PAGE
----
Open Door seeks support to help those in need

By Hope Lecchi - [email protected]

By Hope Lecchi

[email protected]

An organization long-known for helping others in Sedalia needs help from the community to continue its work.

The Open Door Food Pantry and Benevolent Food Ministries has seen a steady increase in the number of people it serves each month and that number is expected to continue to rise. To help offset the growing needs of the organization, a fundraising drive began recently to help meet those needs.

“Last year we spent $104,900 on direct services to help the residents who need some financial support,” Executive Director Jack Menges said. “We received $52,500 from the United Way, which was a tremendous financial donation.

“But when you stop and think that we are spending almost exactly double the amount of their donation, it makes it hard to stay on an even keel if we continue to do that for very long,” Menges added. “We are still going to be here to provide services but we thought that this was the time to ask for help from the community.”

The campaign is asking residents who can to make a pledge of $25 a month for the duration of one year.

Menges hopes to recruit 300 donors to pledge their support by Dec. 31, 2016, but would like to have 150 pledges by the end of this year.

“I know what we are trying to do may seem like a lot,” Menges said. “I have always said we live in the best community there is and if you show people a problem they will find a way to meet the need.”

The Open Door Pantry serves 1,500 to 1,700 families a month who seek assistance for food supplies.

It is the 300 or more families who need financial support the Center is trying to address with the campaign.

“We continue to see more and more people seeking assistance with their needs for food, but the numbers who need financial support continues to grow as well,” Menges said. “I honestly don’t know how a family just starting out with small children can make it, especially if they have a major medical situation occur or if they need major repairs to a vehicle or something at their home.”

The Open Door caps all assistance that a family may receive during a six-month period and Menges pointed out that no money is directly paid to the family; instead it is paid directly to the vendor who supplies the services.

“It is important for people to know that all of the financial assistance we receive we have to account for,” Menges said. “And there are very specific guidelines for what we can and can’t do.

“It would be wonderful if we could provide more assistance to those who are in need, but we place limits on the amount we give so we can in turn help more families,” he added.

Open Door will supply $85 every six months for utility services and $50 a month for medical expenses.

“If an individual comes in and tells us they have started a new job and have specific clothing needs the first thing we do is check to see if we have the items at our store,” Menges said. “If we don’t then we have a clothing allotment that we can provide once a year to help them get started with their new job.”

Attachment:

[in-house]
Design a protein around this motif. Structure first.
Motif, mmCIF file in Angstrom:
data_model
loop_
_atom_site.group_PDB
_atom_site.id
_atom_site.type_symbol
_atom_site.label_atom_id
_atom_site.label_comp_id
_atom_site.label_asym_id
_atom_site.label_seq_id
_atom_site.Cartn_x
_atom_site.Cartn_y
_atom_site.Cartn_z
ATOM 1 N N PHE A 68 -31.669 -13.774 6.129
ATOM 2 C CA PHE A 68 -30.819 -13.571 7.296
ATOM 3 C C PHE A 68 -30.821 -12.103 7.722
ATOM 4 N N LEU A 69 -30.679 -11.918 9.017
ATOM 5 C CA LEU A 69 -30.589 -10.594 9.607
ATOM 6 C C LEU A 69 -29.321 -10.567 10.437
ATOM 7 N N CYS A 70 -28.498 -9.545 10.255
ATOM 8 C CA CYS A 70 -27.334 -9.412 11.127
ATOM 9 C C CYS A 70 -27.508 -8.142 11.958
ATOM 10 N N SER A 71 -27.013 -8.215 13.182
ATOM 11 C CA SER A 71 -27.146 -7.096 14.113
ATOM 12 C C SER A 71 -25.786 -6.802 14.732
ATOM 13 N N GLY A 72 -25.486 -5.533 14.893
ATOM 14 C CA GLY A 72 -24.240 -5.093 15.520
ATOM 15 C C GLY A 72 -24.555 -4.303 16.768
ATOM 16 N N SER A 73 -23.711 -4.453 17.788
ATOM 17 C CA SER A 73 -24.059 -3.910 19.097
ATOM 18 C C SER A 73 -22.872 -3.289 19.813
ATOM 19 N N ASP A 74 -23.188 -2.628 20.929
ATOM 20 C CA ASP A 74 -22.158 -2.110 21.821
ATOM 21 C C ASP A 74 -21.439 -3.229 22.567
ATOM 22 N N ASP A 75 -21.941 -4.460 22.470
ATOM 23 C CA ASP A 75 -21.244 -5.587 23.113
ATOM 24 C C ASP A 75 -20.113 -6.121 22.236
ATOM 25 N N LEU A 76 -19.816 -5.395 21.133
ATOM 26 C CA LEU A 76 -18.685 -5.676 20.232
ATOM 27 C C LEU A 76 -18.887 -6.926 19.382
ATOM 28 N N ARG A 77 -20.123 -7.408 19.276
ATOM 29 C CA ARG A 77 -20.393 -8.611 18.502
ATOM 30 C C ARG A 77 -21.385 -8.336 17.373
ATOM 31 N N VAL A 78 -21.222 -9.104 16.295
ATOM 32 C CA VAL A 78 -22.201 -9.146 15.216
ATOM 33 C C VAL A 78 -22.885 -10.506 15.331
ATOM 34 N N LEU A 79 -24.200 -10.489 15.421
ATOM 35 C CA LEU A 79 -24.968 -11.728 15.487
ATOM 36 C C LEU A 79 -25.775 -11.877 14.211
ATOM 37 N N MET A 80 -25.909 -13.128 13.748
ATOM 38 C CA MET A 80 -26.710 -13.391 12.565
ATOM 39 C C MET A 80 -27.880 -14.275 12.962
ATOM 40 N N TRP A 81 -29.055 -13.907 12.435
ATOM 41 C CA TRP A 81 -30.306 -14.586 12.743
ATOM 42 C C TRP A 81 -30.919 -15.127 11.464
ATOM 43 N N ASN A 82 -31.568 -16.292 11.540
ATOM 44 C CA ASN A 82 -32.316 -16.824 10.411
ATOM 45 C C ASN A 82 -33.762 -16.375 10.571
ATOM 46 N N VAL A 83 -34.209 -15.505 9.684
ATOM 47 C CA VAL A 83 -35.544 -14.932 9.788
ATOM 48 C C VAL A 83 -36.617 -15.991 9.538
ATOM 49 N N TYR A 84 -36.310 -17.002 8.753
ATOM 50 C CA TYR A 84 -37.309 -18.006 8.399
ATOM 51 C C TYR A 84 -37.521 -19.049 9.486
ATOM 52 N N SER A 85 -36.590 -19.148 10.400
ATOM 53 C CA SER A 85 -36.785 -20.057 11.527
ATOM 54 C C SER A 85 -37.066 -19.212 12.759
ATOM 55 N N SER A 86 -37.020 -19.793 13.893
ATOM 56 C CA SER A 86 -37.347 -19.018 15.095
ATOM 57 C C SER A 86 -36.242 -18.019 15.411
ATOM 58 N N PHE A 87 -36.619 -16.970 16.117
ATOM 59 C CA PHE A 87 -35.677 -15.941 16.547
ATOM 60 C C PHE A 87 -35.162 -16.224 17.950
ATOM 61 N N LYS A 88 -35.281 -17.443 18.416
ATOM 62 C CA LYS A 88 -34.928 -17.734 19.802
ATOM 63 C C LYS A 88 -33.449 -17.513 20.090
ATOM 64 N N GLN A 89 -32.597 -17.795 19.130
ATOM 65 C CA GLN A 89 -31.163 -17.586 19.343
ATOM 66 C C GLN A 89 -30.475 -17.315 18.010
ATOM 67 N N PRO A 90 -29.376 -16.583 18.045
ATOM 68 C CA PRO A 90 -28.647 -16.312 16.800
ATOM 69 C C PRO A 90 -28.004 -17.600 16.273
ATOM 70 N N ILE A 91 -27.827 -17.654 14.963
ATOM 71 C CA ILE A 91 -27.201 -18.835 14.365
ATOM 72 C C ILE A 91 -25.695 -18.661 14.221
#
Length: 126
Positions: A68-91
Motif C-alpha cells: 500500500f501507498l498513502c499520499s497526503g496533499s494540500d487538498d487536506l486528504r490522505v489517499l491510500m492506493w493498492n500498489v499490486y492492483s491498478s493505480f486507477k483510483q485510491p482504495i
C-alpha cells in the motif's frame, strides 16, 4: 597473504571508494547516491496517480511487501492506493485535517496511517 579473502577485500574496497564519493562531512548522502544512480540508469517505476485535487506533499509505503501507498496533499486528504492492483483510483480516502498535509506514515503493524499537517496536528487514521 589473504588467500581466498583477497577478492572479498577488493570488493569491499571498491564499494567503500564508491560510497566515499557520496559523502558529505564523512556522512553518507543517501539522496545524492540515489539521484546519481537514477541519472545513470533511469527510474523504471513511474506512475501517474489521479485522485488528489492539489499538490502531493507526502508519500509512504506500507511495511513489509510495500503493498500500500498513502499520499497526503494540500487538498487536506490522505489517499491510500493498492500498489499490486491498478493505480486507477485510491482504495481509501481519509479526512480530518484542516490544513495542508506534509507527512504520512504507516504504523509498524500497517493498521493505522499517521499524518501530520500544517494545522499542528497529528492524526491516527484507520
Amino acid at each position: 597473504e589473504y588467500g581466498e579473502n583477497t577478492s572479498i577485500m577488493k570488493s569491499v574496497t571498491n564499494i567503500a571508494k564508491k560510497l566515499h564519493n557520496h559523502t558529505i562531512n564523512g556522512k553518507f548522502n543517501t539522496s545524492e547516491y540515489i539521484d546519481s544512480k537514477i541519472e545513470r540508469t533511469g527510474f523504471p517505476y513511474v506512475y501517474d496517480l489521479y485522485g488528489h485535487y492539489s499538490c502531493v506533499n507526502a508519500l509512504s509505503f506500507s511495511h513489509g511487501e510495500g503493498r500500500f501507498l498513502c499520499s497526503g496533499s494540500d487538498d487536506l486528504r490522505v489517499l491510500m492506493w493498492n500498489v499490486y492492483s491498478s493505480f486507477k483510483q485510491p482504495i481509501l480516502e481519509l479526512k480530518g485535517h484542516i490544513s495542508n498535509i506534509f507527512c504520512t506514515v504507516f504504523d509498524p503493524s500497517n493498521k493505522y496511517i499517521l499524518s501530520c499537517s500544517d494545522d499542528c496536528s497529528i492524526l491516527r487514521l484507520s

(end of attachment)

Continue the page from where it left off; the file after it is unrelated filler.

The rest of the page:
The Open Door Thrift Store, located at is also a source of income for the organization.

“We take in about 40 percent of out budget from items that are sold at the store,” Menges said. “When people make donations there it just helps the needs of the community too.”

Open Door accepts donations of any items including those as large as houses, real estate, vehicles, furniture and even stocks.

“We recently had an individual donate us some shares of stocks that he purchased at a very good price years ago and a very kind lady has deeded us her property upon her death,” Menges said. “We use items such as that and the larger things to sell and convert to cash.

“What a lot of people may not understand is that if they do this they may be able to come out ahead on their taxes,” Menges said. “The individual can get to write the items off rather than pay capital gains taxes on them if they sell the item.”

Menges stressed he did not want donors to forego their contributions to the Sedalia-Pettis County United Way or their individuals churches because that may limit the amount of support that those organizations can provide Open Door.

“I know it seems like we are asking for a lot, but there is such a need in our community, especially now,” Menges said. “T.J. Hopkins was such a friend and mentor to me and when we served on the board of the Pettis County Health Center and we were working on a project he would sometimes question how we would ever be able to raise the funds needed.

“Then he would sit back and after a few moments of thought he would say, ‘We’ll find a way. This community always finds a way to help one another,’” Menges added. “I learned a lot of T.J. and he is right, we’ll find a way; we always do.”

Individuals who would like to donate to the Open Door may do so through Paypal or at

Hope Lecchi can be reached at 660-826-1000 ext. 1484

Hope Lecchi can be reached at 660-826-1000 ext. 1484

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